NPC Archive Item: Lowering blood pressure saves lives in people with type 2 diabetes – the ADVANCE study.

NOTE – This is an archive post from the NPC and has not been updated since first publication. Therefore, some hyperlinks may no longer be working.

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What does this study claim?
The Lancet published the results of the ADVANCE study on the 2nd September 2007. It examined the effect of a fixed combination of an angiotensin converting enzyme inhibitor (ACEI) and a diuretic on macrovascular and microvascular outcomes in patients with type 2 diabetes mellitus. The combination gave some benefits over placebo and is being suggested by the media as the preferred regimen in such patients

What were the details of the study?
This was a randomised controlled trial (RCT) of 11,140 patients aged 55 years and older and who had been diagnosed with type 2 diabetes at age of 30 or older. Patients also had to have either a personal history of cardiovascular disease (including stroke and MI) or at least one risk factor (including renal damage, retinopathy, blindness). 1,737 other patients who been recruited withdrew during the run-in phase, at least 29% of these due to adverse effects.

Active treatment with a combination of perindopril and indapamide (initially 2mg/0.625mg titrated to 4mg/1.25mg after 3 months) was compared with placebo. All concurrent medications were continued with the exception of ACE inhibitors, which were switched for open-label perindopril at 2mg or 4mg. Allocation concealment was not stated and this is a potentially large source of bias. At the end of the study, 74% the active treatment group and 83% of those taking placebo were also taking other blood pressure lowering drugs. This could have diminished the effects of the treatment by reducing the differences in blood pressure reduction seen between the groups.

The primary endpoints were major macrovascular events (death from cardiovascular disease, non-fatal stroke or non-fatal myocardial infarction) and major microvascular events (new or worsening renal disease or new or worsening diabetic eye disease). The patients were followed up for a mean of 4.3 years with nearly 75% of patients remaining on the randomised treatment at the end of follow up.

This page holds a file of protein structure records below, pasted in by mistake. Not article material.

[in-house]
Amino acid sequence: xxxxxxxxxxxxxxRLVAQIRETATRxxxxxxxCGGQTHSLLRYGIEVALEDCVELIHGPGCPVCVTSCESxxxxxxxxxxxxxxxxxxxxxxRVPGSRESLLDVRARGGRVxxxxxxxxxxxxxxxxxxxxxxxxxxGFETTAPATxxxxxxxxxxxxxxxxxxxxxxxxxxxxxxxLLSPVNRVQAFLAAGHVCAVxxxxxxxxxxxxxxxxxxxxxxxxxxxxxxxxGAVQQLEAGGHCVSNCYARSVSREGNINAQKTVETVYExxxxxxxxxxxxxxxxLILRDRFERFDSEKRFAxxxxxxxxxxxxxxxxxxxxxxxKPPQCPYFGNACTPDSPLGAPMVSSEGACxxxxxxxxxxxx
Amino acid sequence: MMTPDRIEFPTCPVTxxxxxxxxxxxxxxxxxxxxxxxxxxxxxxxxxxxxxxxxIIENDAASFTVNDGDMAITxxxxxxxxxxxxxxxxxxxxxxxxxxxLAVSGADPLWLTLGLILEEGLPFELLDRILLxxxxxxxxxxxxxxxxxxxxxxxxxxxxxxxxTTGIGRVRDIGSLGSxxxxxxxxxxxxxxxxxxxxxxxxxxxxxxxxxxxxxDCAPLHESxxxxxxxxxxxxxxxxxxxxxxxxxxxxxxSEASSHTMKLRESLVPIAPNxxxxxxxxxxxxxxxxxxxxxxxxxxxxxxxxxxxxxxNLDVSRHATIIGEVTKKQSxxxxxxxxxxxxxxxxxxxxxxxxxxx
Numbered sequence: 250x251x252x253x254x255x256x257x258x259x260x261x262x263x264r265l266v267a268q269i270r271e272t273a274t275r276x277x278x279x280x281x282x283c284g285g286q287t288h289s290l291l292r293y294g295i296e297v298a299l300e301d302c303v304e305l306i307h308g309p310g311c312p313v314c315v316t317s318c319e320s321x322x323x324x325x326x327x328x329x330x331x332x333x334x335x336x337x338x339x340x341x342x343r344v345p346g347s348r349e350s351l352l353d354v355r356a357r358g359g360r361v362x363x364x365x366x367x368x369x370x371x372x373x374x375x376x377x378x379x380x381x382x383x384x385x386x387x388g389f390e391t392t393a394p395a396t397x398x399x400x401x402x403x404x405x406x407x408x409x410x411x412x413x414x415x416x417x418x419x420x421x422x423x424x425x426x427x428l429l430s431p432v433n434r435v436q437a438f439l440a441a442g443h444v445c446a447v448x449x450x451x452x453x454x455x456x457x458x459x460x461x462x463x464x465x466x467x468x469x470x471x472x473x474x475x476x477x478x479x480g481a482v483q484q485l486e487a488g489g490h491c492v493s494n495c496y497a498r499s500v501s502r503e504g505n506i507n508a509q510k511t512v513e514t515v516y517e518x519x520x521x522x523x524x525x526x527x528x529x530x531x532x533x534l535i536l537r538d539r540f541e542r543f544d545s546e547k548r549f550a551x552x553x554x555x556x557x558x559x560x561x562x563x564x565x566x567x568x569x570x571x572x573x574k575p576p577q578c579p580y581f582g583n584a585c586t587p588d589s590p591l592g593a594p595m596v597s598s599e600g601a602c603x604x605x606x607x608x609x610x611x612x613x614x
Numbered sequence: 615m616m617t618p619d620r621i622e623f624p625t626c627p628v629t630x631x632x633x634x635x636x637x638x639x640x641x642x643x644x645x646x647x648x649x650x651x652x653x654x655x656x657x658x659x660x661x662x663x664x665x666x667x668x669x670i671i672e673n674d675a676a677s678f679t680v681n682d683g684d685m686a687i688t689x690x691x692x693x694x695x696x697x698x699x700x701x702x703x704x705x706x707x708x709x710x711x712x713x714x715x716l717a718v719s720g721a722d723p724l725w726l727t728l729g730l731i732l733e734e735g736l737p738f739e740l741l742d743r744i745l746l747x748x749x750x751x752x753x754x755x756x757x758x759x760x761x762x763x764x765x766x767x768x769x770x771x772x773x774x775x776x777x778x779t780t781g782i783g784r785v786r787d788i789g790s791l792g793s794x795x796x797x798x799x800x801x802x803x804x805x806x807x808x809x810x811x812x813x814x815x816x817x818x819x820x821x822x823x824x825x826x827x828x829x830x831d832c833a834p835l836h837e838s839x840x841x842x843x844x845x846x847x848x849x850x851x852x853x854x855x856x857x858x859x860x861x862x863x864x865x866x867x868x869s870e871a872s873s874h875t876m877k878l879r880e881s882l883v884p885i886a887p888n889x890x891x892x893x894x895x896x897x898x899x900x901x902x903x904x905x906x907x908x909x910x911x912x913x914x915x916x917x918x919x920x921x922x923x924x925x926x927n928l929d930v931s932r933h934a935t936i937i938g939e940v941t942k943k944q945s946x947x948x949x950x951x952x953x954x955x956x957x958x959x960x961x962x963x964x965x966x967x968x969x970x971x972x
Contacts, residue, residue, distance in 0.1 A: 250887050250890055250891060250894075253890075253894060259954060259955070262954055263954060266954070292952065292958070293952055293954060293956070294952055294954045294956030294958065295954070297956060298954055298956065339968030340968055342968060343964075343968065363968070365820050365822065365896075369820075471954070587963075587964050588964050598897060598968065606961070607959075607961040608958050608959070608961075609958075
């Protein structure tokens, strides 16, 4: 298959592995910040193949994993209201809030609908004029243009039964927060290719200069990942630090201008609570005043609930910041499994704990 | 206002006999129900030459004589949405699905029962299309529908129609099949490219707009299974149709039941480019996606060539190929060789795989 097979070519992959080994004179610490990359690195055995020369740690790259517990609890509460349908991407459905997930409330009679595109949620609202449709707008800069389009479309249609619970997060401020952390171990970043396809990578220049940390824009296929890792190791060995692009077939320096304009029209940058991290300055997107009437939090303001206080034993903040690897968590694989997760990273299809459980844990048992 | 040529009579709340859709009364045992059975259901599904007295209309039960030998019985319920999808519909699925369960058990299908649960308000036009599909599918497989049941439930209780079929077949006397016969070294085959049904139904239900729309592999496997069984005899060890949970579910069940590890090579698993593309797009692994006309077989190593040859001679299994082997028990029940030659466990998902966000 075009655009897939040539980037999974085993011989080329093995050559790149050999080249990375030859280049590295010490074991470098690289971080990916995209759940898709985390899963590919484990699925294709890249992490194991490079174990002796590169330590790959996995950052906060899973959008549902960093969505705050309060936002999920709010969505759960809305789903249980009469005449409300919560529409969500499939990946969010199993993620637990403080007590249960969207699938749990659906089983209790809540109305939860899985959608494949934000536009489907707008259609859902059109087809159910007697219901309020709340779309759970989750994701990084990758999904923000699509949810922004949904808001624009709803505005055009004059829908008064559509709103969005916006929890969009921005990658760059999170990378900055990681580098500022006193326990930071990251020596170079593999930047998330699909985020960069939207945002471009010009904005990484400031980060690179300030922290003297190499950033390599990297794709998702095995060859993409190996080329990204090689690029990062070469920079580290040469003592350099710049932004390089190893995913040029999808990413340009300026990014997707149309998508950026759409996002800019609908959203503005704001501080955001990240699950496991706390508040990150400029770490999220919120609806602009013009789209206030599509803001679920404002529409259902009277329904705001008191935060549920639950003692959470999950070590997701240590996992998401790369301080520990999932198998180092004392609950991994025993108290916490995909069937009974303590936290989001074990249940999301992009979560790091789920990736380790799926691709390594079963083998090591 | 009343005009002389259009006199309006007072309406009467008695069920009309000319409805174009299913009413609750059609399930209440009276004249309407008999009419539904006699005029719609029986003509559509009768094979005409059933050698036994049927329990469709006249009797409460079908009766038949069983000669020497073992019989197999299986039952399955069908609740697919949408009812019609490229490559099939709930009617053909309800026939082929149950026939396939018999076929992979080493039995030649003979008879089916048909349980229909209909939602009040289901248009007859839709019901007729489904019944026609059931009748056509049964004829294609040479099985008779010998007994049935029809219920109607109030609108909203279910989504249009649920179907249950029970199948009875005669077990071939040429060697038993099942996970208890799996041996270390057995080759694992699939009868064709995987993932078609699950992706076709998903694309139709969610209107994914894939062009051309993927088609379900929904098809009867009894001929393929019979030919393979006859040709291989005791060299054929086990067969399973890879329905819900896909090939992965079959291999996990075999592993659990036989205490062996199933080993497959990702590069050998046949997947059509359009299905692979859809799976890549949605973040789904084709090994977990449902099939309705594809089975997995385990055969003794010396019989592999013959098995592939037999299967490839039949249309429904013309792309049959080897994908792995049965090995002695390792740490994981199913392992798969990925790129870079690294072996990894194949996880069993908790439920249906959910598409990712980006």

The reported outcomes were as follows:

  • Major macrovascular and microvascular events when combined were reduced by 1.3%, number needed to treat (NNT) = 77, a relative risk reduction (RRR) of 9% [hazard ratio (HR) 0.91, 95% CI 0.83-1.00, p=0.04.
  • However, when major macrovascular events or major microvascular events were analysed separately, differences were not significant.
  • Death from cardiovascular disease was reduced by 0.8%, NNT=125, a RRR of 18% (HR 0.82, 95% CI 0.68-0.98, p=0.03)
    Death from any cause was reduced by 1.2%, NNT= 83, a RRR of 14% (HR 0.86, 95% CI 0.75-0.98, p=0.03)

How does this relate to existing evidence?
The United Kingdom Prospective Diabetes Study has already shown that tight blood pressure control reduces the risk of macrovascular and microvascular complications in type 2 diabetes. Similar evidence does NOT exist for tight control of blood glucose. National Institute for Health and Clinical Excellence (NICE) guidance for managing blood pressure in type 2 diabetes provides treatment thresholds, targets and provides advice on the choice of antihypertensive agent.

So what?
The authors of the paper conclude that, “routine administration of a fixed combination of perindopril and indapamide to patients with type 2 diabetes was well tolerated and reduced the risks of major vascular events, including death”. This is true. But so are other blood pressure lowering regimens. It is also notable that the study did not set a blood pressure target but simply added in the study drugs to existing therapy. The mean blood pressure in patients in the active arm differed from those patients in the placebo arm by 5.6/2.2mmHg and this was highly significant (p<0.0001). It is therefore possible that the differences observed were an effect of lower blood pressure rather than any drug specific action.

So this study confirms what we were already pretty sure about – lowering blood pressure in patients with type 2 diabetes reduces cardiovascular complications and deaths. NICE guidance on this should be followed with patients encouraged to try and control their blood pressure to the national targets or as close to this as possible while taking into effect adverse effects. Some have questioned the use of thiazides in people with type 2 diabetes – this study backs up the advice that a thiazide diuretic is a good first choice agent in most people.

You may find useful the educational resources on the diabetes type 2 and hypertension sections of NPC